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May 31, 2023 – In 1823, not long after Pope Pius VII restored the Society of Jesus in 1814, twelve Jesuits and six enslaved people set off down the Ohio River with little to guide them but an intense faith that God would lead them safely through twisting channels and submerged tree trunks to a small frontier town where they could begin building their dream of a church in the New World.

They arrived in St. Louis on May 31, 1823.

Leon Pomarede’s View of St Louis, c. 1832

When the first group of Jesuits – seven novices, three brothers and two priests – arrived, St. Louis was still a small frontier town with fewer than 5,000 inhabitants, but within three decades, it was one of the 10 largest cities in the country with 80,000 residents. There was plenty of work for the Jesuits to do.

The Jesuits – all Belgian-born, save one who was Dutch – had come at the invitation of Louis Du Bourg, bishop of the Louisiana Territory, who had given them land in Florissant, Missouri, 20 miles north of St. Louis. Bishop Du Bourg was looking for someone to take over the fledgling St. Louis College that had opened in 1818. Seeing an opportunity and a need, the Jesuits took it over in 1829.

St. Louis College in its earliest years

The Missouri Jesuits continued to respond to needs all around them despite language barriers, limited resources and men, and differences of opinion about which ministries were most critical.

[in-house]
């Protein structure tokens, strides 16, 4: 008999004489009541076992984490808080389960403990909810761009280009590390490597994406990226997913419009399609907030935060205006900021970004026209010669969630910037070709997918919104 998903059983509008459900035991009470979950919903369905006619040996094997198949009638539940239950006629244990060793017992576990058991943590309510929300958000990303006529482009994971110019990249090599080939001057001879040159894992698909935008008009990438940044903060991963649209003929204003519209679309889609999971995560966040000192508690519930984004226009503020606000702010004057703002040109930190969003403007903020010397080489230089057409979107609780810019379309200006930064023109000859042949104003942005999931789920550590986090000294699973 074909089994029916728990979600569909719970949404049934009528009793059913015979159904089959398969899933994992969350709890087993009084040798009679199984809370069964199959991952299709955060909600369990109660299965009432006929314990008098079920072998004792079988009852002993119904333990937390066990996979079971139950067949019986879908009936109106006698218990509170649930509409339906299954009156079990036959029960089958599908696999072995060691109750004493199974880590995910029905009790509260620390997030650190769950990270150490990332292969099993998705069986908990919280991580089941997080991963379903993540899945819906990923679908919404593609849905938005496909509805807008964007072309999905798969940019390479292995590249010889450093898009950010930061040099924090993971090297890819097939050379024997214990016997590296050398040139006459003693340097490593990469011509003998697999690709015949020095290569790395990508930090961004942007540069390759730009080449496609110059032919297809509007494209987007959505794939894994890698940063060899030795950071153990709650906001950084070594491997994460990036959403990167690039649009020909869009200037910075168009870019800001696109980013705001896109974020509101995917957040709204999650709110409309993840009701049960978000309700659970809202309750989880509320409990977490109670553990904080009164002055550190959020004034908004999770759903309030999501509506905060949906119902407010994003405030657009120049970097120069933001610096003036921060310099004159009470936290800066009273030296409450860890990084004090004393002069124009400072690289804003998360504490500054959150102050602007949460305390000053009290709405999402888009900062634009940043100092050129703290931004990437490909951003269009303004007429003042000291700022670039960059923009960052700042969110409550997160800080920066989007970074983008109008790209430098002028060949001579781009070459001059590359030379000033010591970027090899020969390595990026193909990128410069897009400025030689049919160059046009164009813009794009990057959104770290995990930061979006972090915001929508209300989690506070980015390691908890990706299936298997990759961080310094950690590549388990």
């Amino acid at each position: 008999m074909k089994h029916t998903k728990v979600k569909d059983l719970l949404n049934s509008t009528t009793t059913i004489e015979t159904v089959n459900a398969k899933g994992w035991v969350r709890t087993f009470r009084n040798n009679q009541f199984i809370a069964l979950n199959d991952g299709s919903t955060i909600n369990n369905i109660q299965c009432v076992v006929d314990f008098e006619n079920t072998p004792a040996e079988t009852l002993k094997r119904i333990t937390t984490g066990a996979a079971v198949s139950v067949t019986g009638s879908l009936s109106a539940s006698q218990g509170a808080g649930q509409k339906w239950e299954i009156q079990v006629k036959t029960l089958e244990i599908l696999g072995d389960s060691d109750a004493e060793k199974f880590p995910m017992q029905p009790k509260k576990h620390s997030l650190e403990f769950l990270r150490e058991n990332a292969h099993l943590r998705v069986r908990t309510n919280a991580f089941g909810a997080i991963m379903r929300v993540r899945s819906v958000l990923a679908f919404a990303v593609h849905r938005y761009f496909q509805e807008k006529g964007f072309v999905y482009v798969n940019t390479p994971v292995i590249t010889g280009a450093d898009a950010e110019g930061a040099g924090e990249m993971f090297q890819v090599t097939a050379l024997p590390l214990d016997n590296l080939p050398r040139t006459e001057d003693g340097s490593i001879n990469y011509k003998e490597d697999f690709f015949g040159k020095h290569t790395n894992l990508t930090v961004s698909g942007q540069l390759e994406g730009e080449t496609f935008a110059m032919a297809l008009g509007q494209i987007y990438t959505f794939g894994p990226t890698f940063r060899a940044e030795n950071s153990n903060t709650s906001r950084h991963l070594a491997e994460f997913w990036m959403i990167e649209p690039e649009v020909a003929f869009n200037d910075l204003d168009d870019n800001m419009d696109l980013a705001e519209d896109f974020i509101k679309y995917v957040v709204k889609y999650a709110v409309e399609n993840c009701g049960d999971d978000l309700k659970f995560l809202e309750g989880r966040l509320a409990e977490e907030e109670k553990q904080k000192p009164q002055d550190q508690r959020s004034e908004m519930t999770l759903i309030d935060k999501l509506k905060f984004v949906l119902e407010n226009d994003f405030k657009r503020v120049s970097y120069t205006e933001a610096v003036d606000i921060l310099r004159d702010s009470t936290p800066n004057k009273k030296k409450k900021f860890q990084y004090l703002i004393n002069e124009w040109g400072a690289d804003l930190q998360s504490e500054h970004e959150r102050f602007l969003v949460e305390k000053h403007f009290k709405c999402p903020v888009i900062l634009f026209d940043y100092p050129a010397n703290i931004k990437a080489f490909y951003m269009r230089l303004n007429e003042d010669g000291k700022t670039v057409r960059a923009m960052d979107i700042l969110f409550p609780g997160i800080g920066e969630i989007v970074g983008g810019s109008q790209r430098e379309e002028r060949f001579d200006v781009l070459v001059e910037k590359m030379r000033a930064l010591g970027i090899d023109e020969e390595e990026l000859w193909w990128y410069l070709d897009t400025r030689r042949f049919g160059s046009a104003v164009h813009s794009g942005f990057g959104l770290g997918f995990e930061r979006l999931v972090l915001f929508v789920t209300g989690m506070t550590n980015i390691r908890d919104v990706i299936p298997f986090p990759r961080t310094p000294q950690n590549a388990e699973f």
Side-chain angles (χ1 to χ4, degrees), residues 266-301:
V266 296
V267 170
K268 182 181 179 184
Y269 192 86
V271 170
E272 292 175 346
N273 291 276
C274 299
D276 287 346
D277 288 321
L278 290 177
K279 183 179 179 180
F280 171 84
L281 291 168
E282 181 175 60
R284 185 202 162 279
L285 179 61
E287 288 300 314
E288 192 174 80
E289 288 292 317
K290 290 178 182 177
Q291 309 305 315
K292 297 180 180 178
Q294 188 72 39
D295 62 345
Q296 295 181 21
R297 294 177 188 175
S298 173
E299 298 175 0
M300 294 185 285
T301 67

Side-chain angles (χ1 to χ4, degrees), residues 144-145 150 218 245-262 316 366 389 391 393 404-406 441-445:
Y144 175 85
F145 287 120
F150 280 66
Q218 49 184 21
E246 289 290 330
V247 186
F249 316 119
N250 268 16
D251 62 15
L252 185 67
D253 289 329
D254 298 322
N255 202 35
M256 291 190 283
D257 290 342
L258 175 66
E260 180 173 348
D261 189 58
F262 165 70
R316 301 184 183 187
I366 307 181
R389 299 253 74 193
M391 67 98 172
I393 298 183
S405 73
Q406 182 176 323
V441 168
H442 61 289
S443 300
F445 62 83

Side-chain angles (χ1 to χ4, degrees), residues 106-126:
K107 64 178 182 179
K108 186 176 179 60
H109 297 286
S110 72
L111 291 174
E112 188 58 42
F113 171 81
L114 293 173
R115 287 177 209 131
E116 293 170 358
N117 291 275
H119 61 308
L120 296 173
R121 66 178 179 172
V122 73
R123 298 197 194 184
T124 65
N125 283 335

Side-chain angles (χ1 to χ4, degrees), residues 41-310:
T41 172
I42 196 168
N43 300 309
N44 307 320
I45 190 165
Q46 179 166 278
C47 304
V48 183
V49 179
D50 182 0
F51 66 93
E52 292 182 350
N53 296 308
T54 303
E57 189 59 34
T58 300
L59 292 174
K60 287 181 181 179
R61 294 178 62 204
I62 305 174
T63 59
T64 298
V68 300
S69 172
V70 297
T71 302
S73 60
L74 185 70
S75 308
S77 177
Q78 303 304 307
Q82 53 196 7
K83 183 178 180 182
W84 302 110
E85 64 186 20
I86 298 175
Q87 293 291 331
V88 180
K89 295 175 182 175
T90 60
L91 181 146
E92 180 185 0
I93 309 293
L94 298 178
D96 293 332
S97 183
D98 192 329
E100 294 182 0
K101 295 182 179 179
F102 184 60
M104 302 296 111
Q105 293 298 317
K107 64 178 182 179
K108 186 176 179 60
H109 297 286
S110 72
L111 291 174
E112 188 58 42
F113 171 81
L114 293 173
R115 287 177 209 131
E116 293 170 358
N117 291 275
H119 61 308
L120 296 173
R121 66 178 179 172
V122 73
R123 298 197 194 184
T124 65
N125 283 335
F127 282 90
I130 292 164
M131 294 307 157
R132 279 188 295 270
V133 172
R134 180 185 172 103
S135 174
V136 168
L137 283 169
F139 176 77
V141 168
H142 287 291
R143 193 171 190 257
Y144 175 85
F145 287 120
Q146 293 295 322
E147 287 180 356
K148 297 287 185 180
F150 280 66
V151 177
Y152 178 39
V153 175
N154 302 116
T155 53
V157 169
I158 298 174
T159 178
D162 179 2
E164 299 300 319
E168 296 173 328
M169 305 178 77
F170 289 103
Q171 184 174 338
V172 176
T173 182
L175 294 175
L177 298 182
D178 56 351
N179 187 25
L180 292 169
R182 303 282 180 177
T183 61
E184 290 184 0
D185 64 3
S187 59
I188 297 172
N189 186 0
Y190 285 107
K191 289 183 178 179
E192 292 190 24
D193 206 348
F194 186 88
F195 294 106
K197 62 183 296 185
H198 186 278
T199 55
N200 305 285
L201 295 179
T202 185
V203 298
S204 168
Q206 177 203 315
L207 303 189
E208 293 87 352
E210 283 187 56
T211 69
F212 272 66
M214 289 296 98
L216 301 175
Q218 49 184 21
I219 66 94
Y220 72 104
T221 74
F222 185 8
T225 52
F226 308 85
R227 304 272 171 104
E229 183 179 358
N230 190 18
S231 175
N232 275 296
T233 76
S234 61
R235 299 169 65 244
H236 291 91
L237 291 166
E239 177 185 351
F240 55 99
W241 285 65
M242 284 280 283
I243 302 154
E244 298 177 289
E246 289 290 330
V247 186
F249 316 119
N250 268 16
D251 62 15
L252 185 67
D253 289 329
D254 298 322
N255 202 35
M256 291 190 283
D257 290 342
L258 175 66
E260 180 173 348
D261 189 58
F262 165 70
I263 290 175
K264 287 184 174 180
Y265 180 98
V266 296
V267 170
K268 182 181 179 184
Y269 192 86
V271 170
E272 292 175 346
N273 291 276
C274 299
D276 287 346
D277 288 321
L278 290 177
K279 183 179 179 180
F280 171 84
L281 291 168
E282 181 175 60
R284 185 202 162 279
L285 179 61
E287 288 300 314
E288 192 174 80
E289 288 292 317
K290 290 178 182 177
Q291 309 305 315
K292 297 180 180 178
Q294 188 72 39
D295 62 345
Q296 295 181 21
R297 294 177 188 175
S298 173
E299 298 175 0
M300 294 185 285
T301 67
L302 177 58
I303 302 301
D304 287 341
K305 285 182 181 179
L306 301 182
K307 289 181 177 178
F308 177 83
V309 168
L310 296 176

Engraving by Fred T. Larson shows the hope that something great would develop from simple beginnings.

The late Jesuit historian Fr. John Padberg, SJ, once described those Belgian Jesuits and the men who succeeded them as adventurers and entrepreneurs with an “apostolic itch” to do the work that was so obviously needed.

“The impulse toward apostolic work was very deep in the founding genes or charism of the Missouri Province,” he said back in 2013, when the former Missouri Province celebrated its 150th anniversary.

Missionary Fr. Peter De Smet, one of the novices in the original 1823 party, embodied the early Jesuits’ adventurous streak. More interested in parish work and missions than schools, De Smet traveled tens of thousands of miles in the West, exploring and establishing missions, and acting as quasi-ambassador to Native Americans and the Europeans who funded his work. He persisted, until poor health forced him back to St. Louis.

The Missouri Mission became a Jesuit province on Dec 3, 1863. Jesuits of this province would go on to found colleges and universities across the country, including Xavier, Creighton, Marquette, St. John’s College (Belize), Regis, Rockhurst and Nirmala (Delhi, India), in addition to high schools, parishes, retreat houses and other ministries at the service of God and the Church.

In 2014, the Missouri Province joined with the New Orleans Province to form the USA Central and Southern Province of the Society of Jesus.

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